1766 York patients denied surgery because they are overweight?

A report to a council meeting next week reveal how many patients in York have had elective surgery delayed because they’re overweight.

The Vale of York CCG’s “Health Optimisation policy” started in February 2017. Patients seeking operations but who had a Body Mass Index (BMI) of over 30 faced possible delays.

There was a long list of procedures that were not affected by the policy.

The CCG said it had learned from elsewhere that implementation of this policy could contribute to confined financial management while providing the opportunity for improving the health of the population.

Other claimed that the policy was driven by cost cutting rather than patient welfare.

The criteria used was If a patient’s BMI>=30 their surgery if delayed/deferred until the following was achieved:

  1. Their BMI is <30
  2. They’ve lost 10% of their weight
  3. They’ve not achieved a or b but have waited 12 months since initial assessment.

Since its inception of Health Optimisation in February 2017 the Referral Support Service have sent out 1,766 letters for patients that exceed BMI criteria. Not all of these had to wait before joining the a waiting list.

The CCG has claimed some anecdotal evidence that patients have reported to their GPs that as a result of losing weight, in accordance with the policy, the pain they were previously suffering from had dissipated. Some patients did not therefore require surgery.

Bootham Park Hospital

The future of the 240-year-old former mental hospital is under the spotlight as Ministers consider its future.

The building was taken out of service 4 years ago when a catalogue of defects were found by quality inspectors. These included rat infested cellars and collapsing ceilings.

The hospital was ordered to be closed in September 2015 when it was declared “unfit for purpose” A modern replacement facility is being provided.

The events surrounding the closure were heavily criticised in a York Council report which concluded that NHS Property Services “significantly underestimated the logistic and practical challenges of upgrading a Grade I listed building where shortcomings had been identified over many years”

Running costs on a building of this age are huge.  Energy and repair costs represent a constant drain on owners.

Now the local MP says the building should reopen as an NHS facility. She says “key workers in the health health sector” should be accommodated there.

Really? Offering valued employees pre-Victorian housing standards will move us forward in some way?There is only very limited scope to build on other brownfield sections of the site

No costings for the “plan” are offered much less any source of funding. We are assured though that the open space on the site will be retained as an additional public “park”.

Converting the listed building into residential accommodation would be very expensive even if it was in sound structure condition.

It isn’t.

Costs would be measured in  tens of millions. If such funding is available, then it is desperately needed to provide modern buildings for our ailing NHS.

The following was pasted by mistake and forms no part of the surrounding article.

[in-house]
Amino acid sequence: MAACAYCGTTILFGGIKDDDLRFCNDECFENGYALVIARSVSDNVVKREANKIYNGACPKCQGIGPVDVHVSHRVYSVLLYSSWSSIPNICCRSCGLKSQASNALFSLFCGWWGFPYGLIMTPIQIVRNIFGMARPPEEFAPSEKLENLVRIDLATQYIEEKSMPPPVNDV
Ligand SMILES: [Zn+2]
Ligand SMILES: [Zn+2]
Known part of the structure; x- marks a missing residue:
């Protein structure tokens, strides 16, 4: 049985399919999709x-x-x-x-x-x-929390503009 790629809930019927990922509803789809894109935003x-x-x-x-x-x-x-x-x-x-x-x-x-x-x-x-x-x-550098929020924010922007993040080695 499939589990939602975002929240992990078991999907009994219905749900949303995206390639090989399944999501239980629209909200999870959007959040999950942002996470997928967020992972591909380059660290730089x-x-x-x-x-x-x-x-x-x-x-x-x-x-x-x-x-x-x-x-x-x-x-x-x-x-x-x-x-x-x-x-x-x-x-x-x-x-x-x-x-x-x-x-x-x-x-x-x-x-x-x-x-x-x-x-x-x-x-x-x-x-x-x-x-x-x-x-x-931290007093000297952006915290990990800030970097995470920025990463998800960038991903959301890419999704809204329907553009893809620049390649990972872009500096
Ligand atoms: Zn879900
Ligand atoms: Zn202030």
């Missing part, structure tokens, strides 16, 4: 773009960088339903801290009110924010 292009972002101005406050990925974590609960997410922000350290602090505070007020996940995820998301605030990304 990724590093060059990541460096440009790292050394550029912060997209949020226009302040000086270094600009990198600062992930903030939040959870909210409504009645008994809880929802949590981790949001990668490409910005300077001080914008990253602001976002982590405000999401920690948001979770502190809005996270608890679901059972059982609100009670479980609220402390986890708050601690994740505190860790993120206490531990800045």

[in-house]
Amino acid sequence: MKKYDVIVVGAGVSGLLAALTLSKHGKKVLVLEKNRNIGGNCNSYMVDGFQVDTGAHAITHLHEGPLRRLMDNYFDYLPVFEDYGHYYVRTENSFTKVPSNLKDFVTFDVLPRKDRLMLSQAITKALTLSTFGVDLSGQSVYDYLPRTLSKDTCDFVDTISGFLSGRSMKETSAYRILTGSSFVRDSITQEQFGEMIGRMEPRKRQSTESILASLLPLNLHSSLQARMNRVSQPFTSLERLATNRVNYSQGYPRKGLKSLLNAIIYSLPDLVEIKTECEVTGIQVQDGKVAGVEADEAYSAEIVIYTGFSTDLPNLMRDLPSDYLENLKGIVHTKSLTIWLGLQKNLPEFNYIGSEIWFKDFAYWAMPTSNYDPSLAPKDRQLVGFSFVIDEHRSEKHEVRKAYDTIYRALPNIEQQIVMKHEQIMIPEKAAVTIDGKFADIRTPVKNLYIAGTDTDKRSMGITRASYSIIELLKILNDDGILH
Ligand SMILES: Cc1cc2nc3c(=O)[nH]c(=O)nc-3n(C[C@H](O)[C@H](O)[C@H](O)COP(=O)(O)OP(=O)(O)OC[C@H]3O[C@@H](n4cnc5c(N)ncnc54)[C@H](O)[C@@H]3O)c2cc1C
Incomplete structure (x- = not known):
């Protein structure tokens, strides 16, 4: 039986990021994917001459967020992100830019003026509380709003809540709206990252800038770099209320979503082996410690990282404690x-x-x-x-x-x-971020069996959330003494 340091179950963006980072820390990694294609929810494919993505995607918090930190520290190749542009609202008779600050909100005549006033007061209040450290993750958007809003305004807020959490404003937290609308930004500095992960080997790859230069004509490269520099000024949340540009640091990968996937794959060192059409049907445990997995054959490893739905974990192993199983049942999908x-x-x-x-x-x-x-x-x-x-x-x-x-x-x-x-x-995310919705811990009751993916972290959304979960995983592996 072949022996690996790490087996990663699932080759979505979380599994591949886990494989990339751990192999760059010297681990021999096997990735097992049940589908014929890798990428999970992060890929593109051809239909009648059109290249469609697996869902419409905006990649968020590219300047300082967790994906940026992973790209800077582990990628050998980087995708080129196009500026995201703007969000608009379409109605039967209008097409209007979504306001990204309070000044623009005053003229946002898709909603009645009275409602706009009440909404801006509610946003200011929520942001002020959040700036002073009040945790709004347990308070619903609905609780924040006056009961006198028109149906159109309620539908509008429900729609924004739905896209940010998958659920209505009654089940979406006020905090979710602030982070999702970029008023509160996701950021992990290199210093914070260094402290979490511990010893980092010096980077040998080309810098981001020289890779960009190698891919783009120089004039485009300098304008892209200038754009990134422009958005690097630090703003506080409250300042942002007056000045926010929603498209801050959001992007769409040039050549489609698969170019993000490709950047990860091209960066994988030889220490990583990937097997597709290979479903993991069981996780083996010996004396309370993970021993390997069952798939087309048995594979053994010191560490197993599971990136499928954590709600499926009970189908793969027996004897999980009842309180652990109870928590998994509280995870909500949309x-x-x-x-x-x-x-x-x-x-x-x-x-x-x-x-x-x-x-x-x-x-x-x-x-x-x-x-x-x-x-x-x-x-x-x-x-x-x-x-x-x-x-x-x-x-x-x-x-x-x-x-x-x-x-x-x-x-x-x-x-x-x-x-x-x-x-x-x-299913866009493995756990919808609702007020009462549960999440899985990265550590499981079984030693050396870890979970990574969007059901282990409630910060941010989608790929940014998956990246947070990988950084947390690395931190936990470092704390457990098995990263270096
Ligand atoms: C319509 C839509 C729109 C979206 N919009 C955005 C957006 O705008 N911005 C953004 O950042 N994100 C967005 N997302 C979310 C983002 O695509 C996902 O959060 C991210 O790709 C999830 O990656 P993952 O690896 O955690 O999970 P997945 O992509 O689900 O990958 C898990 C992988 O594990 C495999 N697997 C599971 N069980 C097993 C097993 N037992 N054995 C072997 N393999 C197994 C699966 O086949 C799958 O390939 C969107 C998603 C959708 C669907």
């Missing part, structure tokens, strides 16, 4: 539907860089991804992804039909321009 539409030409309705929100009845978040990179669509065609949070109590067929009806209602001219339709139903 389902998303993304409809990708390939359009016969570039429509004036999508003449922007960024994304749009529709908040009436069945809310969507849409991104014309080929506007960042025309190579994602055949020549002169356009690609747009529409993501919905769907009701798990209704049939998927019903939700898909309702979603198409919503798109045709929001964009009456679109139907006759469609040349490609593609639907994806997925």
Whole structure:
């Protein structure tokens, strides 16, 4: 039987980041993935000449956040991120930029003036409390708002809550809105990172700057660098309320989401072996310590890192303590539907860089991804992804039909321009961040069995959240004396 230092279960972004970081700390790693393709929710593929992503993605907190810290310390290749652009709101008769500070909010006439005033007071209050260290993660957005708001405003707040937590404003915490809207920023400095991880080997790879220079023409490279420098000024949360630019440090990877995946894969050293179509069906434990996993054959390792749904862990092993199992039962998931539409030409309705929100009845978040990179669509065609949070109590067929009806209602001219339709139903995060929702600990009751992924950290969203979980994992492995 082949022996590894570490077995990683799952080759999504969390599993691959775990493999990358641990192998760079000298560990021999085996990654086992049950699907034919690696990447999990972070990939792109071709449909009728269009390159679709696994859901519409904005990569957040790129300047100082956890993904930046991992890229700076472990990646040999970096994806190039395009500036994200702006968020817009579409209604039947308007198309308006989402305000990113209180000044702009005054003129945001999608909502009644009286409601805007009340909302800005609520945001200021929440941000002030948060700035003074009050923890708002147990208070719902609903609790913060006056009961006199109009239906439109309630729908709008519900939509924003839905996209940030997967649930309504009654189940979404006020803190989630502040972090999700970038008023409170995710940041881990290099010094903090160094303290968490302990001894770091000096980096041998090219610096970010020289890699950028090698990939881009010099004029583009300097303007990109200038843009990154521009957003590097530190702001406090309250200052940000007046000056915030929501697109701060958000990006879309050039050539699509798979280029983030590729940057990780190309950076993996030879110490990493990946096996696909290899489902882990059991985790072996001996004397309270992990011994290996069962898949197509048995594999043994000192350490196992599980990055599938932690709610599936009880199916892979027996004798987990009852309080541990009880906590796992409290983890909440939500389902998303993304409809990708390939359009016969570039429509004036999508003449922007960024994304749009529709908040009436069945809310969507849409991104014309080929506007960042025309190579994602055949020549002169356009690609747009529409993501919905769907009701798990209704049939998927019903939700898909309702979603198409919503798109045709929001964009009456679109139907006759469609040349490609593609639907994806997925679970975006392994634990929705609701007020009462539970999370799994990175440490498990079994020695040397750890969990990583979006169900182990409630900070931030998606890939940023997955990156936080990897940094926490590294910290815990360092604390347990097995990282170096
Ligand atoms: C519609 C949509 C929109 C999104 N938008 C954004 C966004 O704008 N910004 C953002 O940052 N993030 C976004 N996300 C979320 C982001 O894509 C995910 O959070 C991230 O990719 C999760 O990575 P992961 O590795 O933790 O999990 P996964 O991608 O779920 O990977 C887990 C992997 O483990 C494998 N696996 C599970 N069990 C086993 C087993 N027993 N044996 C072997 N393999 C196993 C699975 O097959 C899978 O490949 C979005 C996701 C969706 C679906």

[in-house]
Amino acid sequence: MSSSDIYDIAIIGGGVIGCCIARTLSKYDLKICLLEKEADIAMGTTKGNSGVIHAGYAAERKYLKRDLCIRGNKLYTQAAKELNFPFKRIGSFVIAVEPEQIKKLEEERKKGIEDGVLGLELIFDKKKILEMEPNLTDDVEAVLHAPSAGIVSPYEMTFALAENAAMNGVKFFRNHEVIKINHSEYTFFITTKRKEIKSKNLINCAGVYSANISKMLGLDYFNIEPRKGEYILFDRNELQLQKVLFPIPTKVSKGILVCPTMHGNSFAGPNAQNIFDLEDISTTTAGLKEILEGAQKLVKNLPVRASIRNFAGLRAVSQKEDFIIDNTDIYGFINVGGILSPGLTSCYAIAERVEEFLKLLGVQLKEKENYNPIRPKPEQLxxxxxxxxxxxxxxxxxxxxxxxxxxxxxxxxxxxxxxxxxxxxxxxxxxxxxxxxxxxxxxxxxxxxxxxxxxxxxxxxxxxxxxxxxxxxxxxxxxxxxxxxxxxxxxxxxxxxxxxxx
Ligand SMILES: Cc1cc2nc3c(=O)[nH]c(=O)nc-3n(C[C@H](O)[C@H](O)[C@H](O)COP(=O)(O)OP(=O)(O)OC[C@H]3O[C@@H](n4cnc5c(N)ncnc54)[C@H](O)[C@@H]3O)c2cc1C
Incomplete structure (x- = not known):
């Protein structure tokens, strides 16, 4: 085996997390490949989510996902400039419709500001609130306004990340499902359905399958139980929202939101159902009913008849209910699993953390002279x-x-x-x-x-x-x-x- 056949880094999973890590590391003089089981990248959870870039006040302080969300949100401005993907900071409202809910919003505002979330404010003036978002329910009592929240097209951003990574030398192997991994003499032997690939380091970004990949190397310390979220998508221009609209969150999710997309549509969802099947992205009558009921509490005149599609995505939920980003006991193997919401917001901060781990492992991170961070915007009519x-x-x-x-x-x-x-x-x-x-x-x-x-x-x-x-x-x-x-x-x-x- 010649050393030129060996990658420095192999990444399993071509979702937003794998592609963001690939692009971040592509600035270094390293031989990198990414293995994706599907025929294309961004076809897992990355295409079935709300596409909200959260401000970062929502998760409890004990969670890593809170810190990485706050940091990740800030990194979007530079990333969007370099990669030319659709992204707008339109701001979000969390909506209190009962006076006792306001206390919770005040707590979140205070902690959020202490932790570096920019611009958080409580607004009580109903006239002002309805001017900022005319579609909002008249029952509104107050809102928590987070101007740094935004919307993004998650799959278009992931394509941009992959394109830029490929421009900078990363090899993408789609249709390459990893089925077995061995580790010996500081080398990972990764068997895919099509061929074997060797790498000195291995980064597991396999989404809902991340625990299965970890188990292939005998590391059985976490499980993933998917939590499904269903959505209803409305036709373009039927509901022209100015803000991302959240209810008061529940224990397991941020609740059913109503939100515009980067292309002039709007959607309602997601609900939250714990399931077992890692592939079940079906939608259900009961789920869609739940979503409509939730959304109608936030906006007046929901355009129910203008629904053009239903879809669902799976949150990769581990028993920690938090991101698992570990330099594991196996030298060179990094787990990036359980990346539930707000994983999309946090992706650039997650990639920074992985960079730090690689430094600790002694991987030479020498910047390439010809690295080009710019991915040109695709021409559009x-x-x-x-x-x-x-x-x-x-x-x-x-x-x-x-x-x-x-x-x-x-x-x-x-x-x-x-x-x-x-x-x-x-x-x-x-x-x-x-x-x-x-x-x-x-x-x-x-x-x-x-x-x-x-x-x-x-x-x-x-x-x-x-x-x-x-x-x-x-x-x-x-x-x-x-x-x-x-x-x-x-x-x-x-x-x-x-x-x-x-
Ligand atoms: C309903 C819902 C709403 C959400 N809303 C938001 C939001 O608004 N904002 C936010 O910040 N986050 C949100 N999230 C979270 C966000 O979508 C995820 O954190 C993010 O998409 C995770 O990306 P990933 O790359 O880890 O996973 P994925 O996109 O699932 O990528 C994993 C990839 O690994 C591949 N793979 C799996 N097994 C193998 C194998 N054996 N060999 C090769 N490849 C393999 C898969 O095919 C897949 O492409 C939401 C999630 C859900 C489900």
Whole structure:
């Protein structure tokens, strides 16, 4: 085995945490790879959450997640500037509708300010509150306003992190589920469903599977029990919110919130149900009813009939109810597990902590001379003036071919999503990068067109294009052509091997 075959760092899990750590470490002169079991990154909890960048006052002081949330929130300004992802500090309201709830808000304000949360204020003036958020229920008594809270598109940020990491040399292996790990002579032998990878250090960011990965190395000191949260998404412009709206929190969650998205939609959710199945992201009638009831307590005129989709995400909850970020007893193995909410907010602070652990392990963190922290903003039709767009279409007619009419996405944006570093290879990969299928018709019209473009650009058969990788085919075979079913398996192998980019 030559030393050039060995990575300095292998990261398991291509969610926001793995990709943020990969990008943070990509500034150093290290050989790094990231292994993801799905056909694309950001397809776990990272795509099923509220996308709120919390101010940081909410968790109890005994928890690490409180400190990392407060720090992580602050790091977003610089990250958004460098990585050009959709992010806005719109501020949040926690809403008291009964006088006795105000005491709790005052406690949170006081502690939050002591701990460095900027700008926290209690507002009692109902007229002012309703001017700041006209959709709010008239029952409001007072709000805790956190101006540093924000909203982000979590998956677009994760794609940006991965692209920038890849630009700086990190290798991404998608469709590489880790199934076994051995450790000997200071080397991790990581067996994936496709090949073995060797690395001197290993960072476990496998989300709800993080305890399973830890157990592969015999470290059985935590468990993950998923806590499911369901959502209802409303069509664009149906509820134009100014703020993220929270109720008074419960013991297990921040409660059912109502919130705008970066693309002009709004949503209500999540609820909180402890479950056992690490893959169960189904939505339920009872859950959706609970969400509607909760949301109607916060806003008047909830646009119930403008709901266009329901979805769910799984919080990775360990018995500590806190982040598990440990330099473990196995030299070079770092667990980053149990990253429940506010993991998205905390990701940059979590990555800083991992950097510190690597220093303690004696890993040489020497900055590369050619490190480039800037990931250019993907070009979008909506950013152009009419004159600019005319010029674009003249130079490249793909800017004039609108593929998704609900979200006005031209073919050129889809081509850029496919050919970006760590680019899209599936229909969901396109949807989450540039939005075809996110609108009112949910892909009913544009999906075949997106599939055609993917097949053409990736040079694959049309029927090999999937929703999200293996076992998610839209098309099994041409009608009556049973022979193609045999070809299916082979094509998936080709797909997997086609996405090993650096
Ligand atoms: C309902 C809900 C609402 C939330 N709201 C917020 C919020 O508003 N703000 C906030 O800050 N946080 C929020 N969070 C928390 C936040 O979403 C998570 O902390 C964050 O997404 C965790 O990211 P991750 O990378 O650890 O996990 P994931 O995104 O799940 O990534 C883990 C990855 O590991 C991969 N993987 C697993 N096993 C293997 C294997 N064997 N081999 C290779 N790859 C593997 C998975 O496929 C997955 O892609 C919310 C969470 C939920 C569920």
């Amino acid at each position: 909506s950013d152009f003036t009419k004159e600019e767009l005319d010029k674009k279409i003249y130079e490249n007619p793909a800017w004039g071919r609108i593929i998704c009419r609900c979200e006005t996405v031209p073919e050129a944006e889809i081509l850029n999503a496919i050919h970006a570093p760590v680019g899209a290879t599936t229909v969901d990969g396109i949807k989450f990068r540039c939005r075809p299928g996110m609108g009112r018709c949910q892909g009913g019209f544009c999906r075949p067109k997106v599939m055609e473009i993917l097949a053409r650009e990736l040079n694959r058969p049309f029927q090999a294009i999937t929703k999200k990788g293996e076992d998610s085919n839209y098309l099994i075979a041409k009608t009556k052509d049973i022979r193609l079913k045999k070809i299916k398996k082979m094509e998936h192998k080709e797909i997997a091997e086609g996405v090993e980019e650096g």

Bootham Park is a valuable part of the heritage of the City. It’s Listed status means that it can’t be demolished. Planners could ensure that the parkland surrounding it is respected (although, in recent years, urban green space conservation hasn’t been the strong point of the York Council).

It is by no means certain that the private sector would want to acquire the hospital. The high modernisation costs would be the same for them as would ongoing running costs. Grade 1 listing means that only very limited physical changes could be undertaken.

But all options should be put on the table.

In the end, if a different use for the building is found, and this produces a substantial capital receipt for health providers in York, then this could most effectively be invested in modern facilities for patients and staff in the NHS.

And the local MP should stop posturing. She is too quick to blame developers of “luxury homes”, student flats and hotels for every challenge that faces the City.

Indeed, we would be in a pickle if developers did not want to invest in York.

Inspection report boost for York Hospital

Services at York Hospital ‘most improved’ after recent CQC inspection

York Hospital has seen its service rating upgraded to ‘Good’ after a recent a team of CQC inspectors visited York, Scarborough, and Bridlington Hospitals to check on the quality of core services.

Previously, The York Hospital was adjudged to ‘Require Improvement’ by the CQC and over Winter period, was adversely affected by the Winter crisis. In response, the Liberal Democrats made significant investments in York’s Adult Social Care system, through the 2018/19 Council Budget, to alleviate pressure on The York Hospital and reduce York’s Delayed Transfers of Care.

The York Hospital has now been found to be the most improved hospital in the York Teaching Hospital Trust and more specifically, has improved considerably in responding to the needs of people in York.

The York Teaching Hospital Trust as a whole, still ‘Requires Improvement’ and more work is needed to achieve widespread progress and maintain improvements.  The Liberal Democrats will continue to work and assist The York Hospital, where possible, to ensure quality services are provided to all residents.

Cllr Carol Runciman, Liberal Democrat Executive Member for Adult Social Care, said:

“Over recent months, a significant amount of effort has been made to improve services at The York Hospital and ensure residents receive quality care when they need too.

“I am pleased that this has now been recognised by the CQC and that The York Hospital itself is now operating well.”